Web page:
Riser recliners are available in various sizes, providing comfort for you and your partner. Make sure you are correctly measured before investing in a riser recliner chair, as it’s important that you have the correct support behind your knees, back and neck, while your feet should also comfortably touch the floor.
This is why it is so important to buy a riser recliner chair that is bespoke to your needs and contours to your body. There’s no point buying a chair that is too big or small for you, after all.
Have a think about what space you have in the room too, as the chair will need space to fully recline. The riser recliner chair will also need a source of electricity, so think about where the nearest socket is and the safest way to plug it in.
What styles and designs do you want?
Many suppliers of riser recliner chairs allow you to choose the style of your chair, including the fabric and pattern – meaning you can tailor these to your personal taste. Check if your provider offers swatches to help you decide and think about which fabrics work best in your home.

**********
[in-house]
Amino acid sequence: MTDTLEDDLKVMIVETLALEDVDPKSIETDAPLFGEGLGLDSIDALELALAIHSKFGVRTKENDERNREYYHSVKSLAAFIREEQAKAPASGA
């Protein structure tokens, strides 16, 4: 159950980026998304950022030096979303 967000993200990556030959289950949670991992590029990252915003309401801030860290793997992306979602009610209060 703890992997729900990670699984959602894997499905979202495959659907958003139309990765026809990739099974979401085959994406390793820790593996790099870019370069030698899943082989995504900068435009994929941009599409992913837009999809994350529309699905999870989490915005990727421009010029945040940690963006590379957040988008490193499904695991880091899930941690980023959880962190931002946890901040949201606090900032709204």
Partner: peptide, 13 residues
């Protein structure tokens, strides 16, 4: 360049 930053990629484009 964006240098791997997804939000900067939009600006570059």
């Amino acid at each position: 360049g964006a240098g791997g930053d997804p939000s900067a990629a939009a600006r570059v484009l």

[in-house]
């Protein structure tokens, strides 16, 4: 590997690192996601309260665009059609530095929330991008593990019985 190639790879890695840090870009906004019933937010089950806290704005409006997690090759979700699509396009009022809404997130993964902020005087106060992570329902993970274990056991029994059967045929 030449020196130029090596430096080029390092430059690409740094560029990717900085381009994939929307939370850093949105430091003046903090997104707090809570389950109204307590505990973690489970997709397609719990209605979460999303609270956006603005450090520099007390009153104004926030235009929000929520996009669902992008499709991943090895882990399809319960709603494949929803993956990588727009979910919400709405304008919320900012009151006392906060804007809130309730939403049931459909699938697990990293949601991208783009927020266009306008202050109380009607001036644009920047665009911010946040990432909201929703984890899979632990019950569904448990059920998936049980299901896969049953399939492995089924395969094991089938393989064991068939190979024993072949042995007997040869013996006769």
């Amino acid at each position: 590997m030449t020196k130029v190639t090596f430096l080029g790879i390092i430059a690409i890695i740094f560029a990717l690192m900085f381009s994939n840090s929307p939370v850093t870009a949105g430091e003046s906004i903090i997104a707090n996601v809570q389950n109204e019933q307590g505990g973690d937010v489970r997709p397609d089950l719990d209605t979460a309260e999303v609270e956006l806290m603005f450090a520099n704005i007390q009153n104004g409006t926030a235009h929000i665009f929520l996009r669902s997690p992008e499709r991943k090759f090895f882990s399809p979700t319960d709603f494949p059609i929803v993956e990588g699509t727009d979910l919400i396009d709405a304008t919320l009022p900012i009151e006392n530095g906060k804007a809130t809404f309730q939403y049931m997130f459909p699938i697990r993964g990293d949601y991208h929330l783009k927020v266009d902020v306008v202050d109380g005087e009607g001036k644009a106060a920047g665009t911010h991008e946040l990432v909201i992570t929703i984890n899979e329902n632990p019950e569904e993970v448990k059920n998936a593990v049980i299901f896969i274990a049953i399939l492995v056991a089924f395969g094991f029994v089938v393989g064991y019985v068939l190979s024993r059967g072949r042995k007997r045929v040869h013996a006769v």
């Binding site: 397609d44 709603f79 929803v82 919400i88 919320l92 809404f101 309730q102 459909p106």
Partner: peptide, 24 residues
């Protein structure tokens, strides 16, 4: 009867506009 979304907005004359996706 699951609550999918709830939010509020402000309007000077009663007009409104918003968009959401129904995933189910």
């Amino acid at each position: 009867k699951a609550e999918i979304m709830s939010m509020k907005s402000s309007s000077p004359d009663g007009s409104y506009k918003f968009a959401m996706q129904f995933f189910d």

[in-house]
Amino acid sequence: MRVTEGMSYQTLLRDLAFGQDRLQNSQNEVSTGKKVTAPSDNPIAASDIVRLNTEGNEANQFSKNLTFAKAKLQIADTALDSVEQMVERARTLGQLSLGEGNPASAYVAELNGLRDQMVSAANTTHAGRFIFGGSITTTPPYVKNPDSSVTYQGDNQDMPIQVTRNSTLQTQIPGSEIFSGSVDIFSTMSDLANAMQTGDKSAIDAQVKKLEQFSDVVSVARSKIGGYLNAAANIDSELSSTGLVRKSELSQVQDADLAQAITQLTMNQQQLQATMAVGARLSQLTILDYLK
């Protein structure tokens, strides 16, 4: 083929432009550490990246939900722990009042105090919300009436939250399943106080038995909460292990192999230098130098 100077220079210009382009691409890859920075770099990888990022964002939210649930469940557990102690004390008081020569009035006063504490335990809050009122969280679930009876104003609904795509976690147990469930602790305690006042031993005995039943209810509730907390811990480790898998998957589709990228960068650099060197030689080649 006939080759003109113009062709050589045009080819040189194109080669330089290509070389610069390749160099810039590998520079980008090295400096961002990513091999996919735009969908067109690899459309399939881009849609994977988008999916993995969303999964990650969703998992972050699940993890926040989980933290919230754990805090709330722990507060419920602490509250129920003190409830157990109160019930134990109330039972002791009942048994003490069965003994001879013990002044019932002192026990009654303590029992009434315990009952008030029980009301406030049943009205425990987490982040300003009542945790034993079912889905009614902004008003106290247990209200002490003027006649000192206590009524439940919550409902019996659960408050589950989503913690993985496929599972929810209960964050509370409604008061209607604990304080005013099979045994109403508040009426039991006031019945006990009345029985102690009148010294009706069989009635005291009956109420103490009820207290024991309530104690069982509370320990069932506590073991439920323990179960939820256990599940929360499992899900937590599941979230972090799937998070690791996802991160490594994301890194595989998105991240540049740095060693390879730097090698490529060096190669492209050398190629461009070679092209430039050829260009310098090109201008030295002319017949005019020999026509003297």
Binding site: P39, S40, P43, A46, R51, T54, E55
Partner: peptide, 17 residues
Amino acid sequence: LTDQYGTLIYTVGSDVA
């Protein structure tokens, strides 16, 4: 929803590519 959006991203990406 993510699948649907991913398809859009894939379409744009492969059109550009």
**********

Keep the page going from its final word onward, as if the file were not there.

Whether you are looking for a traditional or modern design, we have over 30 different upholsteries in a range of colours and styles for you to choose. From simple looks to fabric or leather, with more detailed designs and matching stools available for added comfort.
What features are available for your riser recliner chair?
When you buy a riser recliner chair there may be additional extras that you can have built in. These can be anything from head supports to unique built-in technology for added comfort. It’s well worth thinking about what features you’d like and exploring what features your provider has to offer.
How to find the best riser recliner chair
A riser recliner chair is an excellent investment that will help you over time, so make sure you’re buying a good quality product that will last. To know that you are getting quality, buy your chair from a reputable supplier who meets trading standards. Look for a company that is associated with Trading Standards Approved (TSI) and British Healthcare Trades Association (BHTA), as they will comply with a strict code of practice.
Look out for these logos to identify reputable companies:
Buying a riser recliner chair
To get yourself the best quality chair, make sure you look out for accreditation marks, indicating that these products have been fully tested for safety and quality.
These include Class IIa certification, CE marks that guarantee the supplier is regulated, and confirmation that the riser recliner chair you are buying is Trading Standards Approved.
Should you buy a riser recliner chair in a high street shop?
Buying from a high street mobility shop may be the first thing you think of when you considered buying. We advise that you do a bit of research into the types of riser recliner you’d like and models you’re interested in.